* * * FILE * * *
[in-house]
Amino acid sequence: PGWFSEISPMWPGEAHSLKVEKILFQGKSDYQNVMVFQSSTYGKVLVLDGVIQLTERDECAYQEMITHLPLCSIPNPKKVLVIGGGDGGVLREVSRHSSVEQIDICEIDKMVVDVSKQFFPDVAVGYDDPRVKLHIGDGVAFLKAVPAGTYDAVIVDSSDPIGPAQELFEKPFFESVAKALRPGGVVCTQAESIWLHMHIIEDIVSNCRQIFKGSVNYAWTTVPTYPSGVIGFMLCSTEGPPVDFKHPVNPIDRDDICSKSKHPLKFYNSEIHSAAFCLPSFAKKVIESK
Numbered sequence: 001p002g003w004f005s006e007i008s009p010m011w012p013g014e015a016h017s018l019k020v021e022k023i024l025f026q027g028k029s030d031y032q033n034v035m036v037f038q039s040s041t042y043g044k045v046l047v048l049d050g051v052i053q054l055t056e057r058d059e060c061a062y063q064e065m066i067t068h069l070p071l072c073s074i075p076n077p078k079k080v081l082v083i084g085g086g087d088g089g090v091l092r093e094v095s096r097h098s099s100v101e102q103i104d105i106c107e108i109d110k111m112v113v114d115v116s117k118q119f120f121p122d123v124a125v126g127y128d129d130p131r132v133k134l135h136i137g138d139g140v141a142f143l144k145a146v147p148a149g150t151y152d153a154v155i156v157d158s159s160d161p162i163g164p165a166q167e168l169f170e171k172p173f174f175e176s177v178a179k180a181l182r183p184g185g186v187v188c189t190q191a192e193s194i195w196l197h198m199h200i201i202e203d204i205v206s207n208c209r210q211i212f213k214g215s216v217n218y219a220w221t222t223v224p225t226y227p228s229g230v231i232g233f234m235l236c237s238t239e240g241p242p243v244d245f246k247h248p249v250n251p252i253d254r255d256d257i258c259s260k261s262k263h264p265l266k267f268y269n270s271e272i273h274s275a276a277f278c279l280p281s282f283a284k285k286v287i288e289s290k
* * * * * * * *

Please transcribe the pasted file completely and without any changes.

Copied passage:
[in-house]
Amino acid sequence: PGWFSEISPMWPGEAHSLKVEKILFQGKSDYQNVMVFQSSTYGKVLVLDGVIQLTERDECAYQEMITHLPLCSIPNPKKVLVIGGGDGGVLREVSRHSSVEQIDICEIDKMVVDVSKQFFPDVAVGYDDPRVKLHIGDGVAFLKAVPAGTYDAVIVDSSDPIGPAQELFEKPFFESVAKALRPGGVVCTQAESIWLHMHIIEDIVSNCRQIFKGSVNYAWTTVPTYPSGVIGFMLCSTEGPPVDFKHPVNPIDRDDICSKSKHPLKFYNSEIHSAAFCLPSFAKKVIESK
Numbered sequence: 001p002g003w004f005s006e007i008s009p010m011w012p013g014e015a016h017s018l019k020v021e022k023i024l025f026q027g028k029s030d031y032q033n034v035m036v037f038q039s040s041t042y043g044k045v046l047v048l049d050g051v052i053q054l055t056e057r058d059e060c061a062y063q064e065m066i067t068h069l070p071l072c073s074i075p076n077p078k079k080v081l082v083i084g085g086g087d088g089g090v091l092r093e094v095s096r097h098s099s100v101e102q103i104d105i106c107e108i109d110k111m112v113v114d115v116s117k118q119f120f121p122d123v124a125v126g127y128d129d130p131r132v133k134l135h136i137g138d139g140v141a142f143l144k145a146v147p148a149g150t151y152d153a154v155i156v157d158s159s160d161p162i163g164p165a166q167e168l169f170e171k172p173f174f175e176s177v178a179k180a181l182r183p184g185g186v187v188c189t190q191a192e193s194i195w196l197h198m199h200i201i202e203d204i205v206s207n208c209r210q211i212f213k214g215s216v217n218y219a220w221t222t223v224p225t226y227p228s229g230v231i232g233f234m235l236c237s238t239e240g241p242p243v244d245f246k247h248p249v250n251p252i253d254r255d256d257i258c259s260k261s262k263h264p265l266k267f268y269n270s271e272i273h274s275a276a277f278c279l280p281s282f283a284k285k286v287i288e289s290k